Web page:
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AWOL, which is short for A Weekend Of Leisure and not, as many people believe it to be, a drill sergeant trying to pronounce the word "arsehole", is a common practice among airmen, marines, sailors, and soldiers in the military. It is where such personnel take breaks from work according to their own timetables rather than as authorized by their unit commanders.
AWOL is commited all over the World from First World to Third World countries as AWOL is a cheap and highly motivating military tactic. It is different to many other military tactics in the sense that AWOL is a decision and move that the average soldier makes and not the military commander. This is only the case thanks to the improved standards of military training and modern military strategy that allow a soldier to control minor tactically elements of a battle.
edit Rewards and Punishments
The military take the practice of AWOL very seriously. One week's worth of AWOL could land a soldier with a week's worth of solitary confinement followed by a round of the finest ale at the local "King's Arms" with your mates. In some military institutions, such as the French Army, AWOL is rewarded as an act of bravery as it takes a certain amount of courage to run away from your military duty.
In most cases AWOL is considered as a minor act of treason and so is punished accordingly through administering more brainwashing, combined with more electric shocks so as to indoctrinate the soldier even more.
edit Famous Practices of AWOL
In the late 1960s there was a huge increase in the Number of AWOLs in the US Army. The term, "We're going to 'Nam" became a synonym for "I'm going AWOL." This AWOL was said to have been due to the huge number of casualties that the US Army catering corps had inflicted on the troops in Vietnam.
In 1943, a pilot of the Japanese Airforce attempted to commit AWOL while in flight. He nose dived his plane and got ready to press the ejector seat button, however he hadn't realised that the ejector seat hadn't been invented yet. So he climbed out of his cockpit and jumped into the sea. His body was never found and on this basis the Guiness Book of World Records will not count the event as an official AWOL.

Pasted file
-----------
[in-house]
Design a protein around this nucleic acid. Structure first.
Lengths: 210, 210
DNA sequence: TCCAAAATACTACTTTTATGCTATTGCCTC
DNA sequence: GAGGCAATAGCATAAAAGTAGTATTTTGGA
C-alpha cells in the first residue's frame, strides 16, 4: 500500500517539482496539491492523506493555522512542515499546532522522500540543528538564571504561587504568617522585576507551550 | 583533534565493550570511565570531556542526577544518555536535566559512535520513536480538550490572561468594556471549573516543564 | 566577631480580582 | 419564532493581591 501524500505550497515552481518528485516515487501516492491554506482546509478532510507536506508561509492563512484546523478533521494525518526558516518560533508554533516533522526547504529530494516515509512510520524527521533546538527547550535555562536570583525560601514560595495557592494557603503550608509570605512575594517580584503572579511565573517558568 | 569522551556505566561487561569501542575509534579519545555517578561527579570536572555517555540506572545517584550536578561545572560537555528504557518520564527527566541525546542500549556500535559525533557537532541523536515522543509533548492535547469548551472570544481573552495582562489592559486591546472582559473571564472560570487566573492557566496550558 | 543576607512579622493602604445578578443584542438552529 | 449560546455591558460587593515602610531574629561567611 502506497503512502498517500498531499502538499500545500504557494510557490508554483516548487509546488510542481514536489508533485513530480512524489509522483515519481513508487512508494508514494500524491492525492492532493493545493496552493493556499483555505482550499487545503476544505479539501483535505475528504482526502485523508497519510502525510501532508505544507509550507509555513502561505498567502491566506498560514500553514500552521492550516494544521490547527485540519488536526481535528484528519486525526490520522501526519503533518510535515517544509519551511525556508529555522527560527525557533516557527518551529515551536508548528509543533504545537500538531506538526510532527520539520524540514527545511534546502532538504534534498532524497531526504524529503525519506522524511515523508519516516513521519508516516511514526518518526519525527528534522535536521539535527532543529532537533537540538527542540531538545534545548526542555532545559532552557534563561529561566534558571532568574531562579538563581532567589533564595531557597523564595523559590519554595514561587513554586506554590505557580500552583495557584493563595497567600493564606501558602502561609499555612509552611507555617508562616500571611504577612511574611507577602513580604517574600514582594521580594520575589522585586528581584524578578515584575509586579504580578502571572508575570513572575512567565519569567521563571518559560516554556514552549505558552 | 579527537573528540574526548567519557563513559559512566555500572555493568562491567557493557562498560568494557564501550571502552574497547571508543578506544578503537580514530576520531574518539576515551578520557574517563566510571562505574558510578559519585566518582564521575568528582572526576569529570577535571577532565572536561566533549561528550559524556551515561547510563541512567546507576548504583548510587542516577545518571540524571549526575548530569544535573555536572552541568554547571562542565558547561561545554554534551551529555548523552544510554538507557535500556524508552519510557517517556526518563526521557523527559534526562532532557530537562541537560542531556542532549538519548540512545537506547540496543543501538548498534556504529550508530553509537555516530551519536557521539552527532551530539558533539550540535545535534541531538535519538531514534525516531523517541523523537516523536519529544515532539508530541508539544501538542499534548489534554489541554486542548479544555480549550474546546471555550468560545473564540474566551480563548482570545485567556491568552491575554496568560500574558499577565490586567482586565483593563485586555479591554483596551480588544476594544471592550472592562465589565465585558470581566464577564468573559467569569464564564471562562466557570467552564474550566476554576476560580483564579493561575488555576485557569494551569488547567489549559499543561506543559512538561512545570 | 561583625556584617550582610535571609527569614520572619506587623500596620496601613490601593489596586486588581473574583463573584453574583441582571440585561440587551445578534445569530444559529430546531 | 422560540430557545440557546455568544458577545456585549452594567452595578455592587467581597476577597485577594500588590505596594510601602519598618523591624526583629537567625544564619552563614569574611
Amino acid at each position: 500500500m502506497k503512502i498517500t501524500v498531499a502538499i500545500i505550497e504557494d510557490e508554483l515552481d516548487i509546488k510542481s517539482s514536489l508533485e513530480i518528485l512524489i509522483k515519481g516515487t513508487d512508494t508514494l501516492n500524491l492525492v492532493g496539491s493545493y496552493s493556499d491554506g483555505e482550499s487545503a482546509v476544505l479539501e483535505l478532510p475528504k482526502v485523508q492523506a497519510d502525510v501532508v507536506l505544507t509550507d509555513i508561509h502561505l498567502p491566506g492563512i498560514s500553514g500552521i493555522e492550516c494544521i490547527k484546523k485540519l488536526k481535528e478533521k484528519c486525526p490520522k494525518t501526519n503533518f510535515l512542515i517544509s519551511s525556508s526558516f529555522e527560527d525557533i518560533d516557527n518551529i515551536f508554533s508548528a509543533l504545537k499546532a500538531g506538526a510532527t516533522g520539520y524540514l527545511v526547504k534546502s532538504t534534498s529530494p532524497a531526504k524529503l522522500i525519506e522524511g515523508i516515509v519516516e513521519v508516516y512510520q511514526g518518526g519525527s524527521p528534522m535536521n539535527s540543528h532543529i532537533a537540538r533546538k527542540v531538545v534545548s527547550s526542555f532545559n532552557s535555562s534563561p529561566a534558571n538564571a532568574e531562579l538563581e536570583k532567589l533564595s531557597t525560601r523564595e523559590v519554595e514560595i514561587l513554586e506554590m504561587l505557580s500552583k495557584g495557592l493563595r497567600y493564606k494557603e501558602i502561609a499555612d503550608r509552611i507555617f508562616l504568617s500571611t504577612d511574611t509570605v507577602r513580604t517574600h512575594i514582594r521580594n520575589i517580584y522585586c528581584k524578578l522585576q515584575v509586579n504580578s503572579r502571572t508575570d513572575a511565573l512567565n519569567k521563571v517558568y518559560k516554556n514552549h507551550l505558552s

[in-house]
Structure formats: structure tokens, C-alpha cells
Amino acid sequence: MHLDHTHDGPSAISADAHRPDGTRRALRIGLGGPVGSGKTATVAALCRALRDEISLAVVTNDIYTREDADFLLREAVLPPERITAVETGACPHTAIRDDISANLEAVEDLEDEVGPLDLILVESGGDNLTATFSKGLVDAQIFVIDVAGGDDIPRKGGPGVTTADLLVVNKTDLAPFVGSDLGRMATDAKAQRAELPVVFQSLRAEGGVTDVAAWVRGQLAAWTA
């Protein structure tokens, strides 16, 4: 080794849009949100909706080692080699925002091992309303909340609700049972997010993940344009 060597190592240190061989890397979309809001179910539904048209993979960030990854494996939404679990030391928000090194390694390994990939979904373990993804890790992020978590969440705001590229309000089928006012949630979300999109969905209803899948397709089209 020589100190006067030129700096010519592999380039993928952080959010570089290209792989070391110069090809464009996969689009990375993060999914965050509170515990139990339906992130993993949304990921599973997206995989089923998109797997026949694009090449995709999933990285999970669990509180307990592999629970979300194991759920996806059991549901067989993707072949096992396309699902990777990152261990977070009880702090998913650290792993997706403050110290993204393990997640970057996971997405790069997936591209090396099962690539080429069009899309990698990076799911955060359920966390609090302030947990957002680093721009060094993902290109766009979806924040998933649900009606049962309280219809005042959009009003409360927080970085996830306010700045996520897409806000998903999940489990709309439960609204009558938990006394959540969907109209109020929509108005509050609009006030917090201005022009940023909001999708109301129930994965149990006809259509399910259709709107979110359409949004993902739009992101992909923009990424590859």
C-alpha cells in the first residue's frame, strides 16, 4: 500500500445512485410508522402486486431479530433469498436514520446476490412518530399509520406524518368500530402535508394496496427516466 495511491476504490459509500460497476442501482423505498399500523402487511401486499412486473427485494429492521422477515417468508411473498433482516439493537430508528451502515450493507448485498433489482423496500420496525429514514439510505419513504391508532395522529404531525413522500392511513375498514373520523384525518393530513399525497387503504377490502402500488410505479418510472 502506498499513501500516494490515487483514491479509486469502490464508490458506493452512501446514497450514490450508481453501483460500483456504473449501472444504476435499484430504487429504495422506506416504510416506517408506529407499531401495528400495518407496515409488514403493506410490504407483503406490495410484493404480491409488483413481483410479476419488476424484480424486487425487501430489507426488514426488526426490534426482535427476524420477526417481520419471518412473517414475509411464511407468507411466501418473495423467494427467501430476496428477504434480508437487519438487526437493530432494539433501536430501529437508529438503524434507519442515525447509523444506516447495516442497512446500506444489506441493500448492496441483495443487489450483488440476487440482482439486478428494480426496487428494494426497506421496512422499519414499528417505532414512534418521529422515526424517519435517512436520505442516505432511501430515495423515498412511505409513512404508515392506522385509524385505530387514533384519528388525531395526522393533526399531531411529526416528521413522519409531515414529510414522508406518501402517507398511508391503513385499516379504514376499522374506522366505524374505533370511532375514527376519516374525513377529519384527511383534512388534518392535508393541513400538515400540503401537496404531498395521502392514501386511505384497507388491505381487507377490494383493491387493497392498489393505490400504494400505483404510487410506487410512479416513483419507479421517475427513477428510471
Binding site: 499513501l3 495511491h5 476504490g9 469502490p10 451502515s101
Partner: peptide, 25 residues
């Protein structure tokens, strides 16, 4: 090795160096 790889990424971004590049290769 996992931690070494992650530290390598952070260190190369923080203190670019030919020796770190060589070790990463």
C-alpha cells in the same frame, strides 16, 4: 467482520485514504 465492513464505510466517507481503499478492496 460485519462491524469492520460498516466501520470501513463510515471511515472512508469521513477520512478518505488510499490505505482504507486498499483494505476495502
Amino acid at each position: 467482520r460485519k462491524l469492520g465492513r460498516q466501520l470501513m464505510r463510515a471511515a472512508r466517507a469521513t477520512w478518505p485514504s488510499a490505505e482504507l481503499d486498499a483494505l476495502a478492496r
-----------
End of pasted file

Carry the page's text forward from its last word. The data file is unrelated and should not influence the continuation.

When Robert Falcon Scott led an expedition to the South Pole to get their first, his men did not suceed and he was forced to return home knowing that he had only got to the South Pole second. On the way back Lawrence Oates left his position of duty by walking outside his tent in the middle of the night and never returned. Scott commented in his diary, "Damn this expedition. It turns such fine men into AWOLers."
edit Draft Dodging
A draft dodger differs from an AWOL fighting man or one who has missed a bowel movement. He is a man who has circumvented or otherwise avoided being drafted into the military, usually the army. Favourite draft dodges include relocating to another country without leaving a forwarding address, fraudulently claiming conscientious objector status, and pretending you are too mentally ill to join the Army by jumping off a clip (although this tactic is less commonly used).
Although some people consider dodging the draft to be morally problematic, it has not damaged most men's careers, and many famous people were draft dodgers, including Bill Clinton, George Bush and Mother Teresa.
JWOP stands for "Joining WithOut Permission." It is the opposite of AWOL, where civilians attempt to do anything so that they can get into the army. Usually the army will not let them in in the first place as they have a mental or physical disability that would impede them from being very useful to the military after joining up.
JWOPers try many tactics to attempt to get into the army. These tactics include displaying an appropriate level of insanity and trying to shoot as many innocent civilians as possible. After these have been tried, more desperate attempts include signing up to work for the navy laundry service and then grabbing hold of a gun in a time of battle.